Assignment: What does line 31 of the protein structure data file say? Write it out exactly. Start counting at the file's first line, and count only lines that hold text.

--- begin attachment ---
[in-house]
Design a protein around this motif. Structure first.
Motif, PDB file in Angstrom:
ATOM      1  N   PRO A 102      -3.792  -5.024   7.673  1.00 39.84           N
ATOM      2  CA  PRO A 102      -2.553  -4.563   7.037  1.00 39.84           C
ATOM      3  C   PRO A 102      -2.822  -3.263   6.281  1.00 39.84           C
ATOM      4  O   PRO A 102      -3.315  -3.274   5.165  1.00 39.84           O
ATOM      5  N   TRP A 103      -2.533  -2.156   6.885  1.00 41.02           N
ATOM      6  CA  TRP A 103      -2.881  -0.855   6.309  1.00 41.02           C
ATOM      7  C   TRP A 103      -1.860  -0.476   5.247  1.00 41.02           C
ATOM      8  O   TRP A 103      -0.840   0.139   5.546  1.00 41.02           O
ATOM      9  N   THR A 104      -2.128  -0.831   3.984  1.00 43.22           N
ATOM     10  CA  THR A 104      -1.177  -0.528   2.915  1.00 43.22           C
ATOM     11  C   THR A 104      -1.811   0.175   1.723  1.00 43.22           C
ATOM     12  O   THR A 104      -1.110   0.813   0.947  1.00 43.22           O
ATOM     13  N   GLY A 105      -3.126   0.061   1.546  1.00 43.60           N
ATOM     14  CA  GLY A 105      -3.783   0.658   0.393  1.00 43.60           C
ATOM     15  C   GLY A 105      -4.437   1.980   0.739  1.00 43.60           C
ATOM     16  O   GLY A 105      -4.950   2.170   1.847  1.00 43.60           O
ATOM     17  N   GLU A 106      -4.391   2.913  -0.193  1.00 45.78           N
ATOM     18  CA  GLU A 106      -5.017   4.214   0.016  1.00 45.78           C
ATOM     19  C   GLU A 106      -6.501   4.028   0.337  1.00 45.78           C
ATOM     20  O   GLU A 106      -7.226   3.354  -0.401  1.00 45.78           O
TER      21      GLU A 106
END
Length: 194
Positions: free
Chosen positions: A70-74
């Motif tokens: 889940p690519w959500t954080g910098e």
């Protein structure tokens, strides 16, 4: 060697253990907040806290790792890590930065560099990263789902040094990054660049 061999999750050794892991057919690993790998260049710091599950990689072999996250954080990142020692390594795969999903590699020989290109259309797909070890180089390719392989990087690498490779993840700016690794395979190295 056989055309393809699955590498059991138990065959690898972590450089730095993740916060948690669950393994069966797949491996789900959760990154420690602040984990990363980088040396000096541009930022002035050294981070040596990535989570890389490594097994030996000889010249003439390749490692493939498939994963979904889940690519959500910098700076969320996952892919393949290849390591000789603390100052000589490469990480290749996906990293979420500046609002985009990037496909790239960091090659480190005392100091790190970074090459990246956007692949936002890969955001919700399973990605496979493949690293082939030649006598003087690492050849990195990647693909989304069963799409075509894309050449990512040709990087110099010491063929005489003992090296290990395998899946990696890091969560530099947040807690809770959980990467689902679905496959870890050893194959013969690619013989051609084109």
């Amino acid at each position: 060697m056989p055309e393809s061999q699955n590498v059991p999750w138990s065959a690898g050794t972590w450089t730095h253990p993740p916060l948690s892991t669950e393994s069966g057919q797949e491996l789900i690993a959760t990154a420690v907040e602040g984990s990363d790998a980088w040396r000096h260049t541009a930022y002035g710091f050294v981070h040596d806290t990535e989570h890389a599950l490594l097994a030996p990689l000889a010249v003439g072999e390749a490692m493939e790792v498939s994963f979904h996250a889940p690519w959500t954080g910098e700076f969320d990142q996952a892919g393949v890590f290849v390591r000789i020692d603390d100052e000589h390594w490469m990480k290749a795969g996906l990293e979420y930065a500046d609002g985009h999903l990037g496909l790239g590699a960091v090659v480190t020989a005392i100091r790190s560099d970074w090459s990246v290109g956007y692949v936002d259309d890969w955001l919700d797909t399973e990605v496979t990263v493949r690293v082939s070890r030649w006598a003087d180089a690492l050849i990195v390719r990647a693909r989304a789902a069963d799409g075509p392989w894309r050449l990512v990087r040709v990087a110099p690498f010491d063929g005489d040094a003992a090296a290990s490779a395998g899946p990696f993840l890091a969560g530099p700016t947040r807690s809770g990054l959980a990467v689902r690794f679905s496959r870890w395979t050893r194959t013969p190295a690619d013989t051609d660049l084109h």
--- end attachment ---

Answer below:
């Amino acid at each position: 060697m056989p055309e393809s061999q699955n590498v059991p999750w138990s065959a690898g050794t972590w450089t730095h253990p993740p916060l948690s892991t669950e393994s069966g057919q797949e491996l789900i690993a959760t990154a420690v907040e602040g984990s990363d790998a980088w040396r000096h260049t541009a930022y002035g710091f050294v981070h040596d806290t990535e989570h890389a599950l490594l097994a030996p990689l000889a010249v003439g072999e390749a490692m493939e790792v498939s994963f979904h996250a889940p690519w959500t954080g910098e700076f969320d990142q996952a892919g393949v890590f290849v390591r000789i020692d603390d100052e000589h390594w490469m990480k290749a795969g996906l990293e979420y930065a500046d609002g985009h999903l990037g496909l790239g590699a960091v090659v480190t020989a005392i100091r790190s560099d970074w090459s990246v290109g956007y692949v936002d259309d890969w955001l919700d797909t399973e990605v496979t990263v493949r690293v082939s070890r030649w006598a003087d180089a690492l050849i990195v390719r990647a693909r989304a789902a069963d799409g075509p392989w894309r050449l990512v990087r040709v990087a110099p690498f010491d063929g005489d040094a003992a090296a290990s490779a395998g899946p990696f993840l890091a969560g530099p700016t947040r807690s809770g990054l959980a990467v689902r690794f679905s496959r870890w395979t050893r194959t013969p190295a690619d013989t051609d660049l084109h």